Rice DC, Karpinski KF. Lifetime low-level lead exposure produces deficits in delayed alternation in adult monkeys.  Neurotoxicol Teratol.1988;10:207-214.
Gilbert SG, Rice DC. Low-level lifetime lead exposure produces behavioural toxicity (spatial discrimination reversal) in adult monkeys.  Toxicol Appl Pharmacol.1987;91:484-490.
Rice DC. Lead-induced changes in learning: evidence for behavioural mechanisms from experimental animal studies.  Neurotoxicology.1993;14:167-178.
Schindler AM, Haecker T, Gould J.  et al.  Declining blood lead levels and cognitive change in children.  JAMA.1993;270:828.
Ernhart CB. Declining blood lead levels and cognitive change in children.  JAMA.1993;270:827-828.
Cunningham RD. Declining blood lead levels and cognitive change in children.  JAMA.1993;270:828-829.
Binder S, Matte T. Childhood lead poisoning: the impact of prevention.  JAMA.1993;269:1679-1681.
US Agency for Toxic Substances and Disease Registry.  The Nature and Extent of Lead Poisoning in Children in the United States: A Report to CongressAtlanta, Ga: US Public Health Service, Dept of Health and Human Services; 1988.
US Environmental Protection Agency.  Air Quality Criteria for Lead: Supplement to the 1986 AddendumResearch Triangle Park, NC: Office of Health and Environmental Assessment, US Environmental Protection Agency; 1990. EPA document 600/8-89/049F.

Figures

Graphic Jump Location
Figure 1.—Research design of the Port Pirie Cohort Study. BSID indicates Bayley Scales of Infant Development; MSCA, McCarthy Scales of Children's Abilities; and HOME, Home Observation for Measurement of the Environment.
Graphic Jump Location
Figure 2.—Adjusted developmental scores at various ages by tertile of lifetime average blood lead concentration at age 2 years. The potential confounders for which adjustments were made included child's sex, birthweight, birth rank, feeding style during infancy, and duration of breast-feeding; maternal IQ and age at child's birth; socioeconomic status; Home Observation for Measurement of the Environment scores; and parental smoking habits and marital status. These variables were measured at the early stage of the study. Children's developmental status was assessed using the Bayley Scales of Infant Development at age 2 years, the McCarthy General Cognitive Index at age 4 years, and the revised Wechsler Intelligence Scale for Children at ages 7 and 11 to 13 years. PbB indicates blood lead concentration.

Tables

Table Graphic Jump LocationTable 1.—Geometric Mean Blood Lead Concentrations in µmol/L [µg/dL] at Different Ages by Tertile of Lifetime Average Blood Lead Concentration at Age 2 Years*
Table Graphic Jump LocationTable 2.—Changes in Blood Lead Concentration and Children's IQ Between Ages 7 and 11 to 13 Years
Table Graphic Jump LocationTable 3.—Changes in Blood Lead Concentration and Cognitive Functioning Between Ages 2 or 4 and 11 to 13 Years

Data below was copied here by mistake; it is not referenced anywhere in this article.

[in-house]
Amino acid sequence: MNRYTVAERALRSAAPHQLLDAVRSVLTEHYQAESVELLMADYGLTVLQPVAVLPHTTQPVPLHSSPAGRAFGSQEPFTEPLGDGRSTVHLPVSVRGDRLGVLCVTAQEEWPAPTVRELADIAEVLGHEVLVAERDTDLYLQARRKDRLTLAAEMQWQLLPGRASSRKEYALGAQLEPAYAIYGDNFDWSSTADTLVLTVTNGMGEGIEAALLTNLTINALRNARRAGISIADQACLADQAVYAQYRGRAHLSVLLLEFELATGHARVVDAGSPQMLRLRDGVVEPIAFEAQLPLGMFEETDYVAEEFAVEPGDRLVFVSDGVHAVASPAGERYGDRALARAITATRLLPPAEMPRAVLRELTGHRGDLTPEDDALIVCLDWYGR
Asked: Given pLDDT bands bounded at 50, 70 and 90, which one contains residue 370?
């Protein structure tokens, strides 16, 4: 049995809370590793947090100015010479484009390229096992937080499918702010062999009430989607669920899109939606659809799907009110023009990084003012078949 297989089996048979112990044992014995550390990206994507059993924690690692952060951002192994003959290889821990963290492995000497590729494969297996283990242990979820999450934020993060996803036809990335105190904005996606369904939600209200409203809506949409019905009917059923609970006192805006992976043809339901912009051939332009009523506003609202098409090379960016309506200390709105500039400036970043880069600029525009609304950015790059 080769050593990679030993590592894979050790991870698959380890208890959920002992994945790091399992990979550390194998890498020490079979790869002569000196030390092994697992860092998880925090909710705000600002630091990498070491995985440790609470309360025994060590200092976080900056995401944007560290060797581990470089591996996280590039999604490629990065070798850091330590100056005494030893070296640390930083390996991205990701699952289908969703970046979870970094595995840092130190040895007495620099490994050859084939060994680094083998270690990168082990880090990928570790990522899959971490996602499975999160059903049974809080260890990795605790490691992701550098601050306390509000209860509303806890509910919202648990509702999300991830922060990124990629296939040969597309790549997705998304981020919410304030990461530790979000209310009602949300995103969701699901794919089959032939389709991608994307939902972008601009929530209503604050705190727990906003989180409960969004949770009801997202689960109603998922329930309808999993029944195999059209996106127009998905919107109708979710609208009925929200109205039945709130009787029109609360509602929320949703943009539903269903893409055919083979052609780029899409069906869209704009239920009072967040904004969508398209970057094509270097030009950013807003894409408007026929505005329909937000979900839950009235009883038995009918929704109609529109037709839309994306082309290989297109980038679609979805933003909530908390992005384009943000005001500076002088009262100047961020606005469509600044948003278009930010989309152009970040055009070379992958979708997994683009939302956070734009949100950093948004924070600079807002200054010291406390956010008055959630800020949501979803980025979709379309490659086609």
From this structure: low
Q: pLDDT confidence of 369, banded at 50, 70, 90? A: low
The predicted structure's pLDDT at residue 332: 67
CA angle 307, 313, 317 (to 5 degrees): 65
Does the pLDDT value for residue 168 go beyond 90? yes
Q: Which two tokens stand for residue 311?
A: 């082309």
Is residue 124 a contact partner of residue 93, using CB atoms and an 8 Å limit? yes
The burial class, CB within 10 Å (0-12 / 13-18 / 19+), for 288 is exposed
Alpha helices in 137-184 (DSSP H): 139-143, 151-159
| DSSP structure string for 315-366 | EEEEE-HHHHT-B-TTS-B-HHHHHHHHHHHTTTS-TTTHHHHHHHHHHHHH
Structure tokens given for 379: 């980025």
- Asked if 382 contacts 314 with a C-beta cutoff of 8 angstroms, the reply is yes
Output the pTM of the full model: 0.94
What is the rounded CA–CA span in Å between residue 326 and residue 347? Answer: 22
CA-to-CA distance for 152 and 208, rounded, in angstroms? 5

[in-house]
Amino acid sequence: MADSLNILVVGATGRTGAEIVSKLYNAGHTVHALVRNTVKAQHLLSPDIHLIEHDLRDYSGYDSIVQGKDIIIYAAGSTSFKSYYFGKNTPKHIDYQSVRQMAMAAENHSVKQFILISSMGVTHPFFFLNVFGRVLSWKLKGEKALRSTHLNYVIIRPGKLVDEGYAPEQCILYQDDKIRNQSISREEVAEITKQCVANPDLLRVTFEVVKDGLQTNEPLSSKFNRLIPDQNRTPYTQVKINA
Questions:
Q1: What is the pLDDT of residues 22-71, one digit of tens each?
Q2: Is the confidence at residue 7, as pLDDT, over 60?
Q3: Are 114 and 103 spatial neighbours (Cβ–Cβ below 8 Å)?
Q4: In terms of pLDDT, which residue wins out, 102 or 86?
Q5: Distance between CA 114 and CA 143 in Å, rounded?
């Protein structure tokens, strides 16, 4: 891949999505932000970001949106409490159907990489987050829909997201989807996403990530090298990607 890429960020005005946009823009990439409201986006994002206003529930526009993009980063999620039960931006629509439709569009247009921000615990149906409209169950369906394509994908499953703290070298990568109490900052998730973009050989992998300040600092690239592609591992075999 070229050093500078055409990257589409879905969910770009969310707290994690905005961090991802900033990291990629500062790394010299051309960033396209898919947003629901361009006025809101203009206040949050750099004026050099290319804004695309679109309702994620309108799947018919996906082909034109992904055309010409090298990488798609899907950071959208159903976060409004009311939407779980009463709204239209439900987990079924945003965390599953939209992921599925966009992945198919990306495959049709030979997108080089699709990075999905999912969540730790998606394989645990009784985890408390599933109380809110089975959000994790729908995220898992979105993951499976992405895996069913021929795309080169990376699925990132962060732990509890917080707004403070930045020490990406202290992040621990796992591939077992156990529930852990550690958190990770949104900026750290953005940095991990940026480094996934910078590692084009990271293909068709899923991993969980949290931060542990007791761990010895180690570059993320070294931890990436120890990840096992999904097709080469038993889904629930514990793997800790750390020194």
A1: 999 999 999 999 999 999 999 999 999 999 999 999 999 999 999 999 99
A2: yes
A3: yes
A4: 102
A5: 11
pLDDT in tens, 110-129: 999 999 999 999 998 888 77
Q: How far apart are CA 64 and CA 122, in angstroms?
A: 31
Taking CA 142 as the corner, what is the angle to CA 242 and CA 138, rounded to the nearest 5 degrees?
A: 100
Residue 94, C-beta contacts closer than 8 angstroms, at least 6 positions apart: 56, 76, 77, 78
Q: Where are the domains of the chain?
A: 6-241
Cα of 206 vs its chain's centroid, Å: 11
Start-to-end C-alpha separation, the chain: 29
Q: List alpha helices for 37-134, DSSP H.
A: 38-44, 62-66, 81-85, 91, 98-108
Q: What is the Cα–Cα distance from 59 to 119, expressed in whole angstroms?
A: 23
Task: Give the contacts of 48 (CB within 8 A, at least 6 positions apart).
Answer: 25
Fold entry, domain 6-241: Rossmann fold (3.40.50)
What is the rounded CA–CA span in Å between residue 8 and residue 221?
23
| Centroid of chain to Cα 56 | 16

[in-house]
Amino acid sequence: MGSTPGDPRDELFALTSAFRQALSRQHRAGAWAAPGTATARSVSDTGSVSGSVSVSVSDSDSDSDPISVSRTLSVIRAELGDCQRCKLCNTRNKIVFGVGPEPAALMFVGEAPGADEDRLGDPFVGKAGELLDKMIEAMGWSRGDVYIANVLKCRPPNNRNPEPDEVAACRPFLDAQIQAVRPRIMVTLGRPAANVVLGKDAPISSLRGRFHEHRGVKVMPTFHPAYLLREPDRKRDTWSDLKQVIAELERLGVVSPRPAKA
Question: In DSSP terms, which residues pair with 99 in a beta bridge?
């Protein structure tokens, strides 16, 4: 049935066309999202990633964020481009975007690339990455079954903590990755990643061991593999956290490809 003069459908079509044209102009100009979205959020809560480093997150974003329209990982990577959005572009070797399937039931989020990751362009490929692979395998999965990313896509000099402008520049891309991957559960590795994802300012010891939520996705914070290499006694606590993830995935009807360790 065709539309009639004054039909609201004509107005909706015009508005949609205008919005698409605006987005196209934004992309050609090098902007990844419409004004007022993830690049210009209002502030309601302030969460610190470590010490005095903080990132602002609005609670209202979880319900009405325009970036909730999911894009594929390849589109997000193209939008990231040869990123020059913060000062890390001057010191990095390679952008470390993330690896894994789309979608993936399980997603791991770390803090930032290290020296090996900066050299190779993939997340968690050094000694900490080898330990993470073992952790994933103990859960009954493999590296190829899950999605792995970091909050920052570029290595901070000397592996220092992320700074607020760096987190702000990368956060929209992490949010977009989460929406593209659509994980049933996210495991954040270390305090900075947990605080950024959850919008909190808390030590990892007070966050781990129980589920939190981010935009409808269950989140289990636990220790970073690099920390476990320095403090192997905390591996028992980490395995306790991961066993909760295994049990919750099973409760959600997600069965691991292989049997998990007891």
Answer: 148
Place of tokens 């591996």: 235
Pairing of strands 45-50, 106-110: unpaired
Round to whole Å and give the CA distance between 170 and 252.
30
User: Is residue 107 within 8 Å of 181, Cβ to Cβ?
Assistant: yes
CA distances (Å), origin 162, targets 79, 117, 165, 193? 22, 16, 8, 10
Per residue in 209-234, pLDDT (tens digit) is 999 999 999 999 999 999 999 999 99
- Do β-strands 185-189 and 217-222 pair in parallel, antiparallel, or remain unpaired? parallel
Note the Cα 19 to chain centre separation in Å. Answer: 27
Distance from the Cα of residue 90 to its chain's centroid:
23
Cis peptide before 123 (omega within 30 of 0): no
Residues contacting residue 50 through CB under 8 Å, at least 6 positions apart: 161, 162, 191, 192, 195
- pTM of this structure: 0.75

References

Needleman HL, Gunnoe C, Leviton A.  et al.  Deficits in psychologic and classroom performance of children with elevated dentine lead levels.  N Engl J Med.1979;300:689-695.
Hatzakis A, Kokkevi A, Maravelias C.  et al.  Psychometric intelligence deficits in lead-exposured children. In: Smith MA, Grant LD, Sors AI, eds. Lead Exposure and Child Development: An International Assessment. Lancaster, England: Kluwer Academic Publishers; 1989:211-223.
Winneke G, Kramer U, Brockhaus U.  et al.  Neuropsychological studies in children with elevated tooth-lead concentrations, II: extended study.  Int Arch Occup Environ Health.1983;51:231-252.
Harvey PG, Hamlin MW, Kumar R, Delves HT. Blood lead, behaviour and intelligence test performance in preschool children.  Sci Total Environ.1984;40:45-60.
Lansdown R, Yule W, Urbanowicz M-A, Hunter J. The relationship between blood lead concentrations, intelligence, attainment and behaviour in a school population: the second London study.  Int Arch Occup Environ Health.1986;57:225-235.
Fulton M, Raab GM, Thomson GOB, Laxen DPH, Hunter R, Hepburn W. Influence of blood lead on the ability and attainment of children in Edinburgh.  Lancet.1987;1:1221-1226.
Schroeder SR, Hawk B, Otto DA, Mushak P, Hicks RE. Separating the effect of lead and social factors on IQ.  Environ Res.1985;38:144-154.
Smith M, Delves T, Lansdown R, Clayton B, Graham P. The effects of lead exposure on urban children: the Institute of Child Health/Southampton Study.  Dev Med Child Neurol Suppl.1983;47:1-54.
Pocock SJ, Ashby D, Smith MA. Lead exposure and children's intellectual performance.  Int J Epidemiol.1987;16:57-67.
Bellinger D, Stiles K, Needleman HL. Low-level lead exposure intelligence and academic achievement: a long-term follow-up study.  Pediatrics.1992;90:855-861.
Dietrich KN, Succop PA, Berger OG, Hammond PB, Bornschein RL. Lead exposure and the cognitive development of urban preschool children: the Cincinnati Lead Study cohort at age 4 years.  Neurotoxicol Teratol.1991;13:203-211.
Needleman HL, Schell A, Bellinger D, Leviton A, Allred EN. The long-term effects of exposure to low doses of lead in childhood: an 11-year follow-up report.  N Engl J Med.1990;322:83-88.